Former A's starter Justin Duchscherer agreed to a deal with the Baltimore Orioles, spurning the Washington Nationals' advances. (Photo by Otto Greule Jr/Getty Images)
That was quick. Before most people realized that the Washington Nationals were, according to reports, interested in oft-injured free agent right-hander Justin Duchscherer along with the Seattle Mariners and Baltimore Orioles, they were left empty-handed. Late Sunday afternoon, both SI.com's Jerry Crasnick (@jcrasnick) and Baltimore Sun baseball writer Dan Connolly (@DanConnollySun) had reported that the Nats were one of three or four teams that remained possible destinations for the 33-year-old former Oakland A's starter/reliever. MLB.com's Bill Ladson (@washingnats) soon confirmed the Nationals' interest in Duchscherer, who'd made just five starts last season before a hip injury ended his 2010 season, but was impressive enough when on the mound and in recent bullpen sessions, that he had more than one offer on the table last night. Several hours after the intial reports the Seattle Mariners were eliminated, leaving the Nats and O's, according to the Baltimore Sun's Mr. Connolly on Twitter, "as 2 finalists for #Duchscherer," with the Nationals the favorites to land the pitcher. Four hours later Sunday night, however, SI.com's Jerry Crasnick sent the following report out via Twitter:
@jcrasnick: "Justin Duchscherer agrees to 1-year big league deal with #Orioles, pending physical. He could make up to $4.5M in salary & incentives."
According to MLB.com's Brittany Ghiroli on Twitter (@Britt_Ghiroli), "Duchscherer's agent Damon Lapa said it came down to Os and Nationals, both made strong offers. Orioles other moves 'absolutely' factored in." MLB.com's Bill Ladson spoke to Duchscherer's agent as well, and quoted Mr. Lapa in an article entitled, "Nationals miss out on Duchscherer", saying that both teams had, "offered the opportunity to contribute at the middle to top end of the starting rotation," but, "From [Duchscherer's] perspective, Baltimore presented the best set of factors as far as where he wants to go and pitch."
• Independent View of Nats' Organization:
Baseball America's John Manuel appeared on MLB Network Radio's "Baseball Today" with Holden Kushner (@holdenradio) and Mel Antonen Sunday afternoon, and was asked by a caller to offer his assessment of the Washington Nationals' organization heading into the seventh season since baseball returned to the nation's capital, after they've dedicated themselves to rebuilding the system and seen little progress in the organization (in the caller's opinion) aside from the top picks they've made the last few seasons:
BA's John Manuel: "I know that in 2007, when the Nationals had extra picks, we thought they had a really good draft. In fact, I believe when we did our Draft Report Cards that fall we called it the best draft...because of their depth and we liked some of the younger guys they took*. The thing is all of those guys pretty much flamed out. They took a lot of high school arms that year. I think the only guy that really worked out of that draft, was Jordan Zimmermann. Ross Detwiler's okay, he's got a chance, but other high school pitchers like Jack McGeary and Josh Smoker we were excited about did not pan out.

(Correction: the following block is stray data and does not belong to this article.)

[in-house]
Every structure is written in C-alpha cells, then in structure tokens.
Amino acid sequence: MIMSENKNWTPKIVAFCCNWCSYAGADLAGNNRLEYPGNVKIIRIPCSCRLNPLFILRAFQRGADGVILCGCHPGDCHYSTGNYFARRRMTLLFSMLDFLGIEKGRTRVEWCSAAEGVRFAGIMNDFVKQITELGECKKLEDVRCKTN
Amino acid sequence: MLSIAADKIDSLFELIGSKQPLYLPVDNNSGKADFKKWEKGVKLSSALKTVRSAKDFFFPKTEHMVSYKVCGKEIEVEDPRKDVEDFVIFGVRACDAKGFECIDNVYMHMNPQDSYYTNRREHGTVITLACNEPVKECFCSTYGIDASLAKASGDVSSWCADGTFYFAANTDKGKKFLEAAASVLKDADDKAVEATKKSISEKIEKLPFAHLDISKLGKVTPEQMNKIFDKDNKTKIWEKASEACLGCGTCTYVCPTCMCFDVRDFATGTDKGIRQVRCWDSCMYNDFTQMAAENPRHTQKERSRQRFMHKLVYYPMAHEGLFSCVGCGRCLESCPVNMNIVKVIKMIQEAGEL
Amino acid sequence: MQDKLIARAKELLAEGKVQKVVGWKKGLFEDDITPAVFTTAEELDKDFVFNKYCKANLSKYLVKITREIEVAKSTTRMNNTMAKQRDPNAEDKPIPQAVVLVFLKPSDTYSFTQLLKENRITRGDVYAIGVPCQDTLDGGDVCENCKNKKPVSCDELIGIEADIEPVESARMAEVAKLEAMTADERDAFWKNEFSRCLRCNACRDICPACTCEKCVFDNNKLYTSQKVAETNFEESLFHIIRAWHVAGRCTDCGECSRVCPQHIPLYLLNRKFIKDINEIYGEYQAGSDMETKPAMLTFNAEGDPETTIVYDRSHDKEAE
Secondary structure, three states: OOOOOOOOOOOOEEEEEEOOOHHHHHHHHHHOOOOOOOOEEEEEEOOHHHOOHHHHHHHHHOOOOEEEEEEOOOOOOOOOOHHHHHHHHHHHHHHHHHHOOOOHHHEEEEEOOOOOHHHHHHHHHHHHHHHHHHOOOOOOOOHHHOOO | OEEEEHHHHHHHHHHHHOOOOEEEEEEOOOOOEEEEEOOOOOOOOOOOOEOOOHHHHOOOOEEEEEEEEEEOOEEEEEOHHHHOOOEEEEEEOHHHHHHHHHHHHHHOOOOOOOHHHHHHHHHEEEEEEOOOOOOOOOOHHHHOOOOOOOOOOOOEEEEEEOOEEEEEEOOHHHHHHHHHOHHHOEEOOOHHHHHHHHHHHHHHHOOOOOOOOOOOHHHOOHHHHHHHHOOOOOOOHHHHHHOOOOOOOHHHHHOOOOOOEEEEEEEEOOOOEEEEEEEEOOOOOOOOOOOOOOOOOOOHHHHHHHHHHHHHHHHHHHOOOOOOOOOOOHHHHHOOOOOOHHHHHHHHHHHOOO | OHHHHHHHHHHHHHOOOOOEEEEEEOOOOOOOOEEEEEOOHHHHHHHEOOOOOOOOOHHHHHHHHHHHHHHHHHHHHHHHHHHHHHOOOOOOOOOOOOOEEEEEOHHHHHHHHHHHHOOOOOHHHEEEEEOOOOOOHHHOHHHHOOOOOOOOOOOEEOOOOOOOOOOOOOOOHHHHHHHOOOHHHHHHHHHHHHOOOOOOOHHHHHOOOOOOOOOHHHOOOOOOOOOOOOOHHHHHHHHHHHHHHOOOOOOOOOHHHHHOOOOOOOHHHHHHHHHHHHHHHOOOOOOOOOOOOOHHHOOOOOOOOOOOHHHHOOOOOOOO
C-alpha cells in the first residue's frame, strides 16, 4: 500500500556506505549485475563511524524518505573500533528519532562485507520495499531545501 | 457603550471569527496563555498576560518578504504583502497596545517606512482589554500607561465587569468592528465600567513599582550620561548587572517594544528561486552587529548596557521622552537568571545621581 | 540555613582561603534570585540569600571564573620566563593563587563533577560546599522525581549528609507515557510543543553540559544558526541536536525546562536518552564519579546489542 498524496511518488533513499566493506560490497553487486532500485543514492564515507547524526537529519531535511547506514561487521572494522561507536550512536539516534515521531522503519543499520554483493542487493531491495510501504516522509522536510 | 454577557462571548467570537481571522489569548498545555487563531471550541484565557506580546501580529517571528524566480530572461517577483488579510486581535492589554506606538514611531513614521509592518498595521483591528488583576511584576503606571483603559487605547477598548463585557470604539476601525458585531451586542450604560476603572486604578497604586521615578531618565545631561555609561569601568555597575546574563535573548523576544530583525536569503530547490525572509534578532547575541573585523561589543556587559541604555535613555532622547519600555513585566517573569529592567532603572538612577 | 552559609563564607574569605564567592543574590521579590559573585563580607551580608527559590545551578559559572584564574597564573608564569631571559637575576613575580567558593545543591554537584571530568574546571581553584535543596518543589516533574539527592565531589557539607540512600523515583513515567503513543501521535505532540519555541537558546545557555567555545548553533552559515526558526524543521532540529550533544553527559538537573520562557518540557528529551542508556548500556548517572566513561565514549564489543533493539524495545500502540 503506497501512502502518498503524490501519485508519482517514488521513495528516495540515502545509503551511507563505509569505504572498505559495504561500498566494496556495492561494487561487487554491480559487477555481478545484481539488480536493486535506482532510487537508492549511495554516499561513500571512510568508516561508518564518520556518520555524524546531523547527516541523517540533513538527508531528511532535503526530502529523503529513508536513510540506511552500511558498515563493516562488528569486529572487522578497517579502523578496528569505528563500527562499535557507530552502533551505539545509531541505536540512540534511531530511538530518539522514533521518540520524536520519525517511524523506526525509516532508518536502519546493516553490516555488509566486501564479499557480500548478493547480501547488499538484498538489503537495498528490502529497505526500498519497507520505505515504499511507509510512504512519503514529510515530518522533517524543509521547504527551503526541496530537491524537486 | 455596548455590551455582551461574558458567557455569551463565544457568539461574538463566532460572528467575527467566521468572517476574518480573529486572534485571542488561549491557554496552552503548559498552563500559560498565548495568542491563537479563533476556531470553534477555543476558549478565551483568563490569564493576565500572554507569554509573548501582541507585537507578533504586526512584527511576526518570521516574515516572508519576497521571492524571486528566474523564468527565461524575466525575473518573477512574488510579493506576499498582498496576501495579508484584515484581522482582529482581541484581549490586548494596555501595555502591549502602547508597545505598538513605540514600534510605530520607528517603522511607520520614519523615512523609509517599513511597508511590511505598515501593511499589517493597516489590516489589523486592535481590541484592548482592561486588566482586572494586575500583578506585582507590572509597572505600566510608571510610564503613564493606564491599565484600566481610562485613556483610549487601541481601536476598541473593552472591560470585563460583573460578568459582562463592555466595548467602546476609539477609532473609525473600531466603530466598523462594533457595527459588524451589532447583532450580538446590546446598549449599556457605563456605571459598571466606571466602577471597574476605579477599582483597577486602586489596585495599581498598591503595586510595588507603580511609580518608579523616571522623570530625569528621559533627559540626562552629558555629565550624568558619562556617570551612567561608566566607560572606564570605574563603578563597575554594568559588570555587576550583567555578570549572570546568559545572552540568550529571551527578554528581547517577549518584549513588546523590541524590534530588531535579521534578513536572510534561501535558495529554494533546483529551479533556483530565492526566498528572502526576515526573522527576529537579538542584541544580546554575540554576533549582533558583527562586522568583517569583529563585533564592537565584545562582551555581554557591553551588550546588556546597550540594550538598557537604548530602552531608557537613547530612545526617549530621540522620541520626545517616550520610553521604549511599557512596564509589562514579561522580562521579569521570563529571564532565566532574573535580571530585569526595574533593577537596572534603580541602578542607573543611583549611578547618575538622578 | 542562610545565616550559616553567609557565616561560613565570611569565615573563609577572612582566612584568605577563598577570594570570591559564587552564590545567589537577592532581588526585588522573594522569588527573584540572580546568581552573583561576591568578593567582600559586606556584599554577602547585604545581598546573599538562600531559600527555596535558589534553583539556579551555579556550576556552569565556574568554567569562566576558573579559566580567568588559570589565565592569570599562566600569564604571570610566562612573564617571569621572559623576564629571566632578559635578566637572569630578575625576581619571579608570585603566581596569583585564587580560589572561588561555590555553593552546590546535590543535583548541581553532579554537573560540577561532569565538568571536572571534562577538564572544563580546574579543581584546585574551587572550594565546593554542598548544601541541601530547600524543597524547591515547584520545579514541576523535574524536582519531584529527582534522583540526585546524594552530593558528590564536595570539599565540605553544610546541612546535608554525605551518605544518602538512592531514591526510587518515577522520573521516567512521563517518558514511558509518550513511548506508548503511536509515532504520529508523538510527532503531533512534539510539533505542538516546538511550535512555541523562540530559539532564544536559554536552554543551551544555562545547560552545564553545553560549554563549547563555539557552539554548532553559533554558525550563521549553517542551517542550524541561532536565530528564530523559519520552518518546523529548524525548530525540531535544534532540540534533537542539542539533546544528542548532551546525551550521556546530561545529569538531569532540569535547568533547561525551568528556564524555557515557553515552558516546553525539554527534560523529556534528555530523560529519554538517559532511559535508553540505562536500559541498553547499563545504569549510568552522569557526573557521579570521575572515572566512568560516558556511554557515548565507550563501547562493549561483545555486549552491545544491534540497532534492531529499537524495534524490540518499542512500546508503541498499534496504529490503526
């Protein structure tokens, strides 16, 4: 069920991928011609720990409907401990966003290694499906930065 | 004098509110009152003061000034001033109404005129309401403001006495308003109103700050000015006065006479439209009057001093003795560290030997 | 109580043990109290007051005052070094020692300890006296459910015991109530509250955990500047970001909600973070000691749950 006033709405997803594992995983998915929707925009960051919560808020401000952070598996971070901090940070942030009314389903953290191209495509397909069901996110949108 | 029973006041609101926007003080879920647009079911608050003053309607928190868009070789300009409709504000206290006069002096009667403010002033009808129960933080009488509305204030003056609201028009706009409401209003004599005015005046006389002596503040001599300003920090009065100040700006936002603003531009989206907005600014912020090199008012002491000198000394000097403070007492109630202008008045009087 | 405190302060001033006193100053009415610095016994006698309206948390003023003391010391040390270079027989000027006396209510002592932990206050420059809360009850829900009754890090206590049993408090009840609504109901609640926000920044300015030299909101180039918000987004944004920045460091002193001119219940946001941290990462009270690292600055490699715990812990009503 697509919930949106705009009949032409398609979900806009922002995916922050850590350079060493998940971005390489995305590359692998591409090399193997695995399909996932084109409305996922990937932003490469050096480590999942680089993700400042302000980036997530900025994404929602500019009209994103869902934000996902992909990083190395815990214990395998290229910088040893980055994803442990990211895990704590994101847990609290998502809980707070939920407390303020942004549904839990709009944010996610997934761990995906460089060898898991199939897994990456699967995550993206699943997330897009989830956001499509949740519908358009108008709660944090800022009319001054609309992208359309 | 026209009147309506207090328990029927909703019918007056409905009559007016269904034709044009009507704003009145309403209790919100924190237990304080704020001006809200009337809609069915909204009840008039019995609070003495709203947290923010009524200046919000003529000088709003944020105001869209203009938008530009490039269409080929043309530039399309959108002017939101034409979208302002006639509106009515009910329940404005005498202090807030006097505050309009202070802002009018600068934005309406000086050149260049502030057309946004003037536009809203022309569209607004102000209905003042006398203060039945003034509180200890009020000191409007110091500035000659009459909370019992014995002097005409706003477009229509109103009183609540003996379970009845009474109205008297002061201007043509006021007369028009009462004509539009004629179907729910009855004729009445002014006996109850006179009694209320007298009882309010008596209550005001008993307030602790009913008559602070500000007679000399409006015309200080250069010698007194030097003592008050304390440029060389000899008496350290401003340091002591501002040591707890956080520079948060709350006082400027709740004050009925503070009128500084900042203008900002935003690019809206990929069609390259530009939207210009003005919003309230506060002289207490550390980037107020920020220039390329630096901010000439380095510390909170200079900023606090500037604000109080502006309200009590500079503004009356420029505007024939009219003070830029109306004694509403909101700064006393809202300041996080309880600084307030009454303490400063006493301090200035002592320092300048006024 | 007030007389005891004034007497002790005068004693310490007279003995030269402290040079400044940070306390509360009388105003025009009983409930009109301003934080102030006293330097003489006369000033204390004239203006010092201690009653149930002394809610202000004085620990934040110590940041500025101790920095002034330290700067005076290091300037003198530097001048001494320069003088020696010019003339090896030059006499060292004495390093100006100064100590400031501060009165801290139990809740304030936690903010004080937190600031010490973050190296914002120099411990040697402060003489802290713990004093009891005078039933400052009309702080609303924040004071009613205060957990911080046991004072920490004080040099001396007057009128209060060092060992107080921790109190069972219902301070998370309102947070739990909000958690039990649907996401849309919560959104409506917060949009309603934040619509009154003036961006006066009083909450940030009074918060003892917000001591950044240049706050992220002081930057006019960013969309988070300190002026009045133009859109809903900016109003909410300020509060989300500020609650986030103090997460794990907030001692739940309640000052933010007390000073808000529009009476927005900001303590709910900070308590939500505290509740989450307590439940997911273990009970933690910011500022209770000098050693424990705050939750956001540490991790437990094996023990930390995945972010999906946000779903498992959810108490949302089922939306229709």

"One thing, it's not the same as the NFL Draft, but one thing is that when you do draft at the top of the draft every year, you're spending a ton of money on that first pick. They spent $15 million dollars, invested $15 million plus, in [Stephen] Strasburg, right around $10 million on Bryce Harper. Sometimes that makes it harder to keep spending further down the draft. I understand why teams like the Pirates last year, in 2009, take a Tony Sanchez at four overall. If you're not convinced on somebody, then try to have a deeper draft instead of tying up $6 or $7 million in one guy, try to spread their money out among four or five different players. I did like what the Nationals did in 2010 a little bit better. Even though they spent all that on [Bryce] Harper, they did have some other guys, A.J. Cole, Sammy Solis, even Robbie Ray...I'm not a huge Robbie Ray guy, but they did go a little bit deeper in that draft.
"I think [the caller's complaint] is a valid criticism and I know he works there on the network, but I didn't think Jim Bowden did a great job running that franchise. I don't think he did a great job running their scouting and player development, and that was one of the things that got him fired. Obviously the whole "Smiley" Gonzalez shenanigans and that was a joke...You know, Jim's track record in Cincinnati was bad, and when he left, the Reds have gotten better at player development, so I think that's a fair assessment of the Nationals, and I think Mike Rizzo is better scouting and player development than Jim Bowden was and you'll see better results under Mike Rizzo."
* = Radio interference mid-sentence
Mr. Rizzo, himself, said much the same recently in a press conference following the introduction of Adam LaRoche, telling the D.C. press corps he thought, "at least the last two or three drafts have been extremely important for us and impactful for us, and I think it goes hand-in-hand with Kris Klein becoming the scouting director, Roy Clark becoming Assistant GM, these guys are baseball afficionados, they know the game, they know the draft game very well, and it's a unique skill set that they have and it's no coincidence that when those guys were brought in that we've taken off."